The milky white color over Lake Michigan is fog. It is forming because we have a very humid air mass and when the humid air collides with the cool air over the lake the dewpoint is hit and fog forms. Just like yesterday, you can also pick out where the lake breeze is because of the cumulus clouds created by the lift of the cooler air pushing the warm and moist air upward. There is another example of the lake breeze on radar again today.

The lake breeze has made it farther inland today than yesterday, but the warm air mass is still keeping temperatures quite mild. Inland temps are all around 90. Temperatures will be back in the 80s on Tuesday and Wednesday with plenty of humidity. A cold front will arrive late on Wednesday afternoon and that may kick off a few showers and isolated storms. At this point, severe storms are not expected. Get a look at the Wednesday afternoon forecast.

The rain does not look too impressive for us, but if you are hoping to get a little less humid that should happen on Thursday. The early prognostication for the holiday weekend looks very nice with highs around 70 and partly sunny skies. Have a great day.

Mark

Summer Arrives Early
May 23, 2010

Happy Sunday, everyone. What a fantastic day. Summer making an early arrival to our area with almost everyone into the mid 80s today. If you are right next to the lake today it is cooler, but just a block inland is in the 80s. The warm forecast goes on all week. So, why was yesterday so much cooler near the lake, but not today? It has a lot to do with the wind direction. The winds today are more south-southeast as opposed to yesterday with an easterly wind. The lake always has to be factored into our forecasts. Take a look at the current lake temperatures as estimated by satellite.

The lake water is now generally into the 50s and even some pockets of 60s. As the lake warms up, there is less and less of a lake breeze as we move into summer.

I mentioned earlier that almost everyone is enjoying a day in the 80s.

CITY           SKY/WX    TMP DP  RH WIND       PRES   REMARKS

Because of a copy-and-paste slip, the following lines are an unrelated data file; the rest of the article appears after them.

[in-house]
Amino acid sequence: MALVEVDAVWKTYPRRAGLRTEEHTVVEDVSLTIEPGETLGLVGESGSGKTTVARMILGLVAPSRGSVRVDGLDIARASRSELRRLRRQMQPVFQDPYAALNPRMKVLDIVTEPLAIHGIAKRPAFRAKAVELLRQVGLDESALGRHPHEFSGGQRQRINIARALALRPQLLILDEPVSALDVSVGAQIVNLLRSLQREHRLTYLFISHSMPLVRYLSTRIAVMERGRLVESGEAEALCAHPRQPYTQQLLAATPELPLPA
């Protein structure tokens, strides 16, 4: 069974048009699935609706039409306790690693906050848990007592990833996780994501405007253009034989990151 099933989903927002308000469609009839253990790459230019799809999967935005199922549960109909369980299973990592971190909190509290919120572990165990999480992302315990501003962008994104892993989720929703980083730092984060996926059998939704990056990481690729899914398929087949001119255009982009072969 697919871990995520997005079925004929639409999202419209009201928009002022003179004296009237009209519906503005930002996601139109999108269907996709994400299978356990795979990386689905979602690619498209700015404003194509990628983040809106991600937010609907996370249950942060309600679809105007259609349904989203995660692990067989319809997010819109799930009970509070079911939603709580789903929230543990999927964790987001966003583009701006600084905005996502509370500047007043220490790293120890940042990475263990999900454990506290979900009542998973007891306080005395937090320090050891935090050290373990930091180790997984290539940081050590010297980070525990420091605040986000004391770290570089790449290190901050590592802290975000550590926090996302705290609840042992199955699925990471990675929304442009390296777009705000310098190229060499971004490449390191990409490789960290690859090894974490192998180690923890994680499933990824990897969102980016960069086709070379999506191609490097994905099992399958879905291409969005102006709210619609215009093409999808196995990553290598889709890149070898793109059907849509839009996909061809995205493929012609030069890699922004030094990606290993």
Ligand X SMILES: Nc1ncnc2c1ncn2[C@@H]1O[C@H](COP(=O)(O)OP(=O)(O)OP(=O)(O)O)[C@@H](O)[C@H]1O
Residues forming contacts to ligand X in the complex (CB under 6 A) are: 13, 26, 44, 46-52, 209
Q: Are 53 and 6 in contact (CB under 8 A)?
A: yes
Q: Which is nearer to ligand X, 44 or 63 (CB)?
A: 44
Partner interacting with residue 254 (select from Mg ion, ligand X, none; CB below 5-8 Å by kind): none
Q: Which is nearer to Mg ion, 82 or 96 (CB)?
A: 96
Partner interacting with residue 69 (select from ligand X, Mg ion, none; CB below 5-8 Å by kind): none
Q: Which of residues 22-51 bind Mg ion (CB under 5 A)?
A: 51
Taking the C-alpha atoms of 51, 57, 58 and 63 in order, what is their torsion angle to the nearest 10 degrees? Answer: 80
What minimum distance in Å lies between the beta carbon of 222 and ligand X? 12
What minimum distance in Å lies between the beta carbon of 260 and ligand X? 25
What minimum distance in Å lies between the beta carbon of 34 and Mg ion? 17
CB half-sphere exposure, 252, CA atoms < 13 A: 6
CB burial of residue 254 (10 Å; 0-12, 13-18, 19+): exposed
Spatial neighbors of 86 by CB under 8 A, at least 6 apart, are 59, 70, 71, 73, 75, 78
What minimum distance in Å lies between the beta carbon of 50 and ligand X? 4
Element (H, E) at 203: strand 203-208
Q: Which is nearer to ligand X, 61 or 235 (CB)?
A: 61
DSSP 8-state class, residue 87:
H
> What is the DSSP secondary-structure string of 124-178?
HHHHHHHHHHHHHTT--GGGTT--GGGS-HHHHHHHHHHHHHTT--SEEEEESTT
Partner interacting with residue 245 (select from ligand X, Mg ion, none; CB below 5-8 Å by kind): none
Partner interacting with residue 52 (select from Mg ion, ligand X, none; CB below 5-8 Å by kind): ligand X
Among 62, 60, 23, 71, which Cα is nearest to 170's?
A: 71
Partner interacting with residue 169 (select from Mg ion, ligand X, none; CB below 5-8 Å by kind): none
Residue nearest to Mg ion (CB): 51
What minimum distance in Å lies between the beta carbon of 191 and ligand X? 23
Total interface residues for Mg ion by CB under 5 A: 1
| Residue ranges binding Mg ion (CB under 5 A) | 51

MILWAUKEE      MOSUNNY   84  68  58 SE14      29.95S HX  87
WAUKESHA       MOSUNNY   84  64  51 S12       29.97S HX  86
MILWAUKEE/TIMM MOSUNNY   84  61  45 S13       29.96R HX  84
RACINE         SUNNY     80  67  64 S17       29.99S HX  82
BURLINGTON     MOSUNNY   86  66  51 S15G21    29.96S HX  88
KENOSHA        MOSUNNY   87  70  56 SE10      29.97S HX  92
FOND DU LAC    PTSUNNY   88  66  48 S14       29.94R HX  90
SHEBOYGAN      MOSUNNY   78  67  68 S13G21    29.96S HX  80
WEST BEND      PTSUNNY   87  66  49 S9        29.95S HX  88
JUNEAU         PTSUNNY   86  64  48 S14G21    29.95S HX  87
$$

LSZ147-162-232100-
LAKE SUPERIOR

STATION/POSITION TIME  TEMP    WIND        PRES    WAVE
                       AIR SEA DIR/SP/G            HT/PER
                 (UTC) (F)     (DEG/KT/KT) (MB)    (FT/S)
W MID LAKE BUOY  2000   53 38  250/  2/  4 1010.1R   1/ 3
DEVILS ISLAND    2000   63      20/  7/  8 1010.0R
PORT WING        2000   51     350/  3/  4 1010.2R
SAXON HARBOR     2000   80     200/ 12/ 17 1009.8R
$$

LMZ867-665-643>646-232100-
LAKE MICHIGAN

STATION/POSITION TIME  TEMP    WIND        PRES    WAVE
                       AIR SEA DIR/SP/G            HT/PER
                 (UTC) (F)     (DEG/KT/KT) (MB)    (FT/S)
N MID LAKE BUOY  2000   54 48  220/ 16/ 17 1015.0F   2/ 4
NORTHPORT PIER   2000   68     150/ 12/ 20   N/A
SISTER BAY       1900   69     160/ 17/ 20   N/A
GREEN BAY ENTRAN 2000   84     180/ 16/ 18   N/A
ALGOMA LAKESHORE 2000          210/ 14/ 16   N/A
KEWAUNEE LAKESHO 2000   54     180/ 12/ 13 1015.6S
SHEBOYGAN LAKESH 2000   54     160/ 10/ 11 1014.4R
PORT WASHINGTON  2000   62     160/  5/  7 1015.2S
S MID LAKE BUOY  2000   54 46  130/ 10/ 12 1015.4F   1